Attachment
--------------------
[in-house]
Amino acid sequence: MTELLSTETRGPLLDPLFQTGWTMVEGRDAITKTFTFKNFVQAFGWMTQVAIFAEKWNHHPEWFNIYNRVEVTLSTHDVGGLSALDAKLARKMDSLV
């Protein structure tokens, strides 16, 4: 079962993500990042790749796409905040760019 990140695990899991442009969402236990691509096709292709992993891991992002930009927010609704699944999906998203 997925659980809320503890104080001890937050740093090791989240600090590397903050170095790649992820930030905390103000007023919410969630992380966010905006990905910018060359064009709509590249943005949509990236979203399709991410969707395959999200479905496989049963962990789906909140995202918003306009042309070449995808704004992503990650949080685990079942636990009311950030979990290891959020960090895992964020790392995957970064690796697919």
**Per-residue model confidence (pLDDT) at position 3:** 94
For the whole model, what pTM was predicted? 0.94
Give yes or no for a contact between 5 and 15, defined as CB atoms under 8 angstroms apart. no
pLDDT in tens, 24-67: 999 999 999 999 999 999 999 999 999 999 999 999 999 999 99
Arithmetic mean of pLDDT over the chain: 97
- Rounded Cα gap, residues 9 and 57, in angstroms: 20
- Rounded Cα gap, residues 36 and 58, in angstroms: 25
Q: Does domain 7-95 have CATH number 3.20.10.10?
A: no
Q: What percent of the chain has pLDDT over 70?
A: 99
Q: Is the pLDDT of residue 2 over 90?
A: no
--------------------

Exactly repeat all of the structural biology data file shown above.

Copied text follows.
[in-house]
Amino acid sequence: MTELLSTETRGPLLDPLFQTGWTMVEGRDAITKTFTFKNFVQAFGWMTQVAIFAEKWNHHPEWFNIYNRVEVTLSTHDVGGLSALDAKLARKMDSLV
């Protein structure tokens, strides 16, 4: 079962993500990042790749796409905040760019 990140695990899991442009969402236990691509096709292709992993891991992002930009927010609704699944999906998203 997925659980809320503890104080001890937050740093090791989240600090590397903050170095790649992820930030905390103000007023919410969630992380966010905006990905910018060359064009709509590249943005949509990236979203399709991410969707395959999200479905496989049963962990789906909140995202918003306009042309070449995808704004992503990650949080685990079942636990009311950030979990290891959020960090895992964020790392995957970064690796697919």
**Per-residue model confidence (pLDDT) at position 3:** 94
For the whole model, what pTM was predicted? 0.94
Give yes or no for a contact between 5 and 15, defined as CB atoms under 8 angstroms apart. no
pLDDT in tens, 24-67: 999 999 999 999 999 999 999 999 999 999 999 999 999 999 99
Arithmetic mean of pLDDT over the chain: 97
- Rounded Cα gap, residues 9 and 57, in angstroms: 20
- Rounded Cα gap, residues 36 and 58, in angstroms: 25
Q: Does domain 7-95 have CATH number 3.20.10.10?
A: no
Q: What percent of the chain has pLDDT over 70?
A: 99
Q: Is the pLDDT of residue 2 over 90?
A: no